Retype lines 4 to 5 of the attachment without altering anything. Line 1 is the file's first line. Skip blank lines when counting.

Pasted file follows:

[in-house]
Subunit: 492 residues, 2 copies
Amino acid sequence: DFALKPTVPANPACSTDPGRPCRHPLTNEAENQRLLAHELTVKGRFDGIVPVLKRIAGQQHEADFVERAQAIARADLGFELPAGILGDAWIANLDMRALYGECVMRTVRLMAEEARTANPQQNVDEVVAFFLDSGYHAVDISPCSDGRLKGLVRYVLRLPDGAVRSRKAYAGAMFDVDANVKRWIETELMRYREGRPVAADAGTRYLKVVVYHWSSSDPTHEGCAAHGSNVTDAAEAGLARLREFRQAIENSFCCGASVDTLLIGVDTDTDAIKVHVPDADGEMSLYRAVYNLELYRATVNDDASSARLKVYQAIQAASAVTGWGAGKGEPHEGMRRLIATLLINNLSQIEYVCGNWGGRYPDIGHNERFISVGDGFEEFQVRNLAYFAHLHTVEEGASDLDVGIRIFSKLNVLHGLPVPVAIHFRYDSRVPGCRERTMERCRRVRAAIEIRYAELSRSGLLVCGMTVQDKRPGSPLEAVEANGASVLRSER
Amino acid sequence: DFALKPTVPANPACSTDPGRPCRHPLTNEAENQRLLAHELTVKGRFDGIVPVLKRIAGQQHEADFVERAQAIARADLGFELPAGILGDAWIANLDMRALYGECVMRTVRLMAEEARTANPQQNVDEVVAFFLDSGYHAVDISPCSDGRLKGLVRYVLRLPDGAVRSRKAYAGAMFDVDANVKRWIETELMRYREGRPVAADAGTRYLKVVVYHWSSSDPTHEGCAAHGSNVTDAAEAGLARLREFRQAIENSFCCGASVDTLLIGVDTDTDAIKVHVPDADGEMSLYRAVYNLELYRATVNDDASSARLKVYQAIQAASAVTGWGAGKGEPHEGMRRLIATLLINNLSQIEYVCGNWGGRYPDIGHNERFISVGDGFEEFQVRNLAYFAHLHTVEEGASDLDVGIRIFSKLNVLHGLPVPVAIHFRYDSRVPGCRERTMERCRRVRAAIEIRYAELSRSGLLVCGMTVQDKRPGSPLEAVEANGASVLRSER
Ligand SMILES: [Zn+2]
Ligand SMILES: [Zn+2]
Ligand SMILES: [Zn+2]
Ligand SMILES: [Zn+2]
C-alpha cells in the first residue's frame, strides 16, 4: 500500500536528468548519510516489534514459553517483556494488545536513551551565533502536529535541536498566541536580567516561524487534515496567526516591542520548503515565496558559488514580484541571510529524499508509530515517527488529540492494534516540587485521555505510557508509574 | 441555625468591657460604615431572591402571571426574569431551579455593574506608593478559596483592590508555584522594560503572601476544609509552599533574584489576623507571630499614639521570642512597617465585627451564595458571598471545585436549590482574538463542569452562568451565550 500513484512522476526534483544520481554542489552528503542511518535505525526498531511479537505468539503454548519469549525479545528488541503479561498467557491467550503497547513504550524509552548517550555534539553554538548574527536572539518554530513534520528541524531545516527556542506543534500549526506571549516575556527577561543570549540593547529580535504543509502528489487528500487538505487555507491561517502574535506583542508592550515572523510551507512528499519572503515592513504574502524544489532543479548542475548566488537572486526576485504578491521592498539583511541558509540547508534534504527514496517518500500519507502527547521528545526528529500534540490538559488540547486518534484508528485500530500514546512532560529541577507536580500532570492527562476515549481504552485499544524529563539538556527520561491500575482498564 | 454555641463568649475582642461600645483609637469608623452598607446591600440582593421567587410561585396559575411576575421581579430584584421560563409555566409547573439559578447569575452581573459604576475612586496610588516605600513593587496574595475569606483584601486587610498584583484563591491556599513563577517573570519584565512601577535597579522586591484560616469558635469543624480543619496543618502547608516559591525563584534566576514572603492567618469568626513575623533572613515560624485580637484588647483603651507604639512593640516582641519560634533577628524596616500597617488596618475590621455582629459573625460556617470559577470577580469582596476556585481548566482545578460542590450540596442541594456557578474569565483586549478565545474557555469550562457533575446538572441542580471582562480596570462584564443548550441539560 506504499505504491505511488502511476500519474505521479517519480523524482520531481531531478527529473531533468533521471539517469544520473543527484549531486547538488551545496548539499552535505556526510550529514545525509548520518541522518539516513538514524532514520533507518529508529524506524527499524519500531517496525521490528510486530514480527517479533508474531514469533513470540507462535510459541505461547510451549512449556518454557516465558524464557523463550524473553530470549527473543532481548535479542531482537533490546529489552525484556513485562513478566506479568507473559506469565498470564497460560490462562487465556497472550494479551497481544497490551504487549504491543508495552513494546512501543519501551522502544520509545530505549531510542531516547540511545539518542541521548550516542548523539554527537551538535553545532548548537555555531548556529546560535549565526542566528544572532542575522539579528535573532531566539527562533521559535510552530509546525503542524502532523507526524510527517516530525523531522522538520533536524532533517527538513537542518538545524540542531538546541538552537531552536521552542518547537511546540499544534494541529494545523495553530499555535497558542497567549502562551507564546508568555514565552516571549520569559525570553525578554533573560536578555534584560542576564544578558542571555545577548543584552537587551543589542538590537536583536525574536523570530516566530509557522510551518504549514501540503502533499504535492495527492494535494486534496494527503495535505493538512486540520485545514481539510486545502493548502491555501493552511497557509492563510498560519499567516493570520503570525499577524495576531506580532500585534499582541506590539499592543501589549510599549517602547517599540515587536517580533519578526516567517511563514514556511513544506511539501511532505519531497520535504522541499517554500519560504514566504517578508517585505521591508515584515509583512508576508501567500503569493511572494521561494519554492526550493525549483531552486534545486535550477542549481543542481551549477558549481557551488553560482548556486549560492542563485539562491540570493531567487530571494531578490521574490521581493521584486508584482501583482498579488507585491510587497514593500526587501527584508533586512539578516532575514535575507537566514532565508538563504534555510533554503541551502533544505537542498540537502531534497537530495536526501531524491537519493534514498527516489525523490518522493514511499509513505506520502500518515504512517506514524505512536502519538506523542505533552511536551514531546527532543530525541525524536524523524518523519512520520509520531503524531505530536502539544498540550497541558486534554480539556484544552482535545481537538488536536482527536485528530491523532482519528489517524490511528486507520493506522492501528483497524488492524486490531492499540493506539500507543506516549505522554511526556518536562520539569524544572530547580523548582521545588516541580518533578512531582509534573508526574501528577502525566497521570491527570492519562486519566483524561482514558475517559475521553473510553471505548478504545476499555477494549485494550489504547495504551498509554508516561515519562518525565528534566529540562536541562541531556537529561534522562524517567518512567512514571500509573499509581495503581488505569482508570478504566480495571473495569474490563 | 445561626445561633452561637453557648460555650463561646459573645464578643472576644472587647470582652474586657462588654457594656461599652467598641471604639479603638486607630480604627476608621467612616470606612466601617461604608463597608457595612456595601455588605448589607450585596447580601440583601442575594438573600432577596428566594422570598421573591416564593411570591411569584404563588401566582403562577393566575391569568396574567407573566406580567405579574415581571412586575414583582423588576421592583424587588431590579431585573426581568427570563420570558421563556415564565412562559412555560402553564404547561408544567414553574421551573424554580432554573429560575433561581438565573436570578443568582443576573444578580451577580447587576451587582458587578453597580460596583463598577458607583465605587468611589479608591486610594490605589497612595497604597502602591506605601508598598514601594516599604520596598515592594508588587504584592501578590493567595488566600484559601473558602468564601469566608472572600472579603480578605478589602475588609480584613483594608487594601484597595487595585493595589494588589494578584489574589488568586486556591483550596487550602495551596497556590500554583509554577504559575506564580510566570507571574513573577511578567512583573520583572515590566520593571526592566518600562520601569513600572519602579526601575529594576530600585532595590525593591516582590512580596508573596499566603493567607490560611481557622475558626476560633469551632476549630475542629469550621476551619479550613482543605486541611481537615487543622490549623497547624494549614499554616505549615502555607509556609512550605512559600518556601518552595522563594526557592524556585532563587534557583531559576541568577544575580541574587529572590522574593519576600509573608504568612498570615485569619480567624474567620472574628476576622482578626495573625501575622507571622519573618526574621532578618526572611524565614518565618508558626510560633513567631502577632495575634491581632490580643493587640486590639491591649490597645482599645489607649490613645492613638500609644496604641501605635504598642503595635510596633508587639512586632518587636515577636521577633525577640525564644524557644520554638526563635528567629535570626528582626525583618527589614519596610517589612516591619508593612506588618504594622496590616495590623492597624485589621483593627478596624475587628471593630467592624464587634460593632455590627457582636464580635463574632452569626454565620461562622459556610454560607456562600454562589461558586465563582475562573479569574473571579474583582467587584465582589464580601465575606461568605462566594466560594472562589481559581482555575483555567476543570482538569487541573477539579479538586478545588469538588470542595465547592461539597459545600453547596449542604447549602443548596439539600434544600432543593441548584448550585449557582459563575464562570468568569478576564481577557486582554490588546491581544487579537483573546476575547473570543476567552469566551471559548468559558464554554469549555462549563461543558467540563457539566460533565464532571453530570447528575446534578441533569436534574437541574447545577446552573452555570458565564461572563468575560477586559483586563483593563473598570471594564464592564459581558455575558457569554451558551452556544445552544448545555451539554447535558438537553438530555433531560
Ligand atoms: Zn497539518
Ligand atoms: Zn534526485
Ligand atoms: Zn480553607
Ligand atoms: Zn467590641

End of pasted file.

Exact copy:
Amino acid sequence: DFALKPTVPANPACSTDPGRPCRHPLTNEAENQRLLAHELTVKGRFDGIVPVLKRIAGQQHEADFVERAQAIARADLGFELPAGILGDAWIANLDMRALYGECVMRTVRLMAEEARTANPQQNVDEVVAFFLDSGYHAVDISPCSDGRLKGLVRYVLRLPDGAVRSRKAYAGAMFDVDANVKRWIETELMRYREGRPVAADAGTRYLKVVVYHWSSSDPTHEGCAAHGSNVTDAAEAGLARLREFRQAIENSFCCGASVDTLLIGVDTDTDAIKVHVPDADGEMSLYRAVYNLELYRATVNDDASSARLKVYQAIQAASAVTGWGAGKGEPHEGMRRLIATLLINNLSQIEYVCGNWGGRYPDIGHNERFISVGDGFEEFQVRNLAYFAHLHTVEEGASDLDVGIRIFSKLNVLHGLPVPVAIHFRYDSRVPGCRERTMERCRRVRAAIEIRYAELSRSGLLVCGMTVQDKRPGSPLEAVEANGASVLRSER
Ligand SMILES: [Zn+2]